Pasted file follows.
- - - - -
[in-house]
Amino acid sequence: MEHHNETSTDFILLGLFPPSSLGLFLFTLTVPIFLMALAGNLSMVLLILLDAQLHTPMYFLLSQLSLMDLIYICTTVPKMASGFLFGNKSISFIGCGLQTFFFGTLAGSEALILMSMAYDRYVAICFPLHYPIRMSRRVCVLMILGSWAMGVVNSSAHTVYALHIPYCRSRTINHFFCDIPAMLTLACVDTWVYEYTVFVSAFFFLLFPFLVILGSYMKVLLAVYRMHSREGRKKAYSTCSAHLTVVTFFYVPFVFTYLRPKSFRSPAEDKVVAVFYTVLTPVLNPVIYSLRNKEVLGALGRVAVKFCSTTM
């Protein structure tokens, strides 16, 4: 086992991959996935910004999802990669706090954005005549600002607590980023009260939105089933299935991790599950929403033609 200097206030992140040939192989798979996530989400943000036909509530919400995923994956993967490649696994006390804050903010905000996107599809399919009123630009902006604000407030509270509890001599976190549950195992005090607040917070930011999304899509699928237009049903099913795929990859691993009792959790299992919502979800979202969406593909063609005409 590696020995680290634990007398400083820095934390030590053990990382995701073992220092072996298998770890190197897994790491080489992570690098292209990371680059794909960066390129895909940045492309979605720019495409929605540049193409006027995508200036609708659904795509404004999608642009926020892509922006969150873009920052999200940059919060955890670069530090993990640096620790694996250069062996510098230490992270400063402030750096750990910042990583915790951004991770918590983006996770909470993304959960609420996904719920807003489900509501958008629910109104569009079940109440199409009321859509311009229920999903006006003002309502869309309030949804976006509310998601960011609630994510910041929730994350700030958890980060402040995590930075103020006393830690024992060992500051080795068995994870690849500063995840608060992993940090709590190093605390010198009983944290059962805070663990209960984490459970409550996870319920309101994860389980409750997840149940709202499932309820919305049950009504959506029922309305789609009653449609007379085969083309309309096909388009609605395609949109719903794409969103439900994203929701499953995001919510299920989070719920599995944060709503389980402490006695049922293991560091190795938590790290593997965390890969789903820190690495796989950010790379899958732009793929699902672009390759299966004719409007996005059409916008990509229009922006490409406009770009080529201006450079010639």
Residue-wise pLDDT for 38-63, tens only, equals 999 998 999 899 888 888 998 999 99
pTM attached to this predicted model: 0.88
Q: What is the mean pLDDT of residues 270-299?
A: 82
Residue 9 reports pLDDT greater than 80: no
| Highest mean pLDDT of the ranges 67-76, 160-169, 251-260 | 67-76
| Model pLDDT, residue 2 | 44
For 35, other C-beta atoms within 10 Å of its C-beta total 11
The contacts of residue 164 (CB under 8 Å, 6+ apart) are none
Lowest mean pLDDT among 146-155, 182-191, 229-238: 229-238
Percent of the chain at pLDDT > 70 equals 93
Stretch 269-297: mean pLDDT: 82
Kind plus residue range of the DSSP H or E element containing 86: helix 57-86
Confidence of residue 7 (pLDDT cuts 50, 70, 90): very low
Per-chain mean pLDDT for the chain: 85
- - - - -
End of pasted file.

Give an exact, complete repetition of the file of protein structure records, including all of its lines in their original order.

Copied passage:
[in-house]
Amino acid sequence: MEHHNETSTDFILLGLFPPSSLGLFLFTLTVPIFLMALAGNLSMVLLILLDAQLHTPMYFLLSQLSLMDLIYICTTVPKMASGFLFGNKSISFIGCGLQTFFFGTLAGSEALILMSMAYDRYVAICFPLHYPIRMSRRVCVLMILGSWAMGVVNSSAHTVYALHIPYCRSRTINHFFCDIPAMLTLACVDTWVYEYTVFVSAFFFLLFPFLVILGSYMKVLLAVYRMHSREGRKKAYSTCSAHLTVVTFFYVPFVFTYLRPKSFRSPAEDKVVAVFYTVLTPVLNPVIYSLRNKEVLGALGRVAVKFCSTTM
């Protein structure tokens, strides 16, 4: 086992991959996935910004999802990669706090954005005549600002607590980023009260939105089933299935991790599950929403033609 200097206030992140040939192989798979996530989400943000036909509530919400995923994956993967490649696994006390804050903010905000996107599809399919009123630009902006604000407030509270509890001599976190549950195992005090607040917070930011999304899509699928237009049903099913795929990859691993009792959790299992919502979800979202969406593909063609005409 590696020995680290634990007398400083820095934390030590053990990382995701073992220092072996298998770890190197897994790491080489992570690098292209990371680059794909960066390129895909940045492309979605720019495409929605540049193409006027995508200036609708659904795509404004999608642009926020892509922006969150873009920052999200940059919060955890670069530090993990640096620790694996250069062996510098230490992270400063402030750096750990910042990583915790951004991770918590983006996770909470993304959960609420996904719920807003489900509501958008629910109104569009079940109440199409009321859509311009229920999903006006003002309502869309309030949804976006509310998601960011609630994510910041929730994350700030958890980060402040995590930075103020006393830690024992060992500051080795068995994870690849500063995840608060992993940090709590190093605390010198009983944290059962805070663990209960984490459970409550996870319920309101994860389980409750997840149940709202499932309820919305049950009504959506029922309305789609009653449609007379085969083309309309096909388009609605395609949109719903794409969103439900994203929701499953995001919510299920989070719920599995944060709503389980402490006695049922293991560091190795938590790290593997965390890969789903820190690495796989950010790379899958732009793929699902672009390759299966004719409007996005059409916008990509229009922006490409406009770009080529201006450079010639």
Residue-wise pLDDT for 38-63, tens only, equals 999 998 999 899 888 888 998 999 99
pTM attached to this predicted model: 0.88
Q: What is the mean pLDDT of residues 270-299?
A: 82
Residue 9 reports pLDDT greater than 80: no
| Highest mean pLDDT of the ranges 67-76, 160-169, 251-260 | 67-76
| Model pLDDT, residue 2 | 44
For 35, other C-beta atoms within 10 Å of its C-beta total 11
The contacts of residue 164 (CB under 8 Å, 6+ apart) are none
Lowest mean pLDDT among 146-155, 182-191, 229-238: 229-238
Percent of the chain at pLDDT > 70 equals 93
Stretch 269-297: mean pLDDT: 82
Kind plus residue range of the DSSP H or E element containing 86: helix 57-86
Confidence of residue 7 (pLDDT cuts 50, 70, 90): very low
Per-chain mean pLDDT for the chain: 85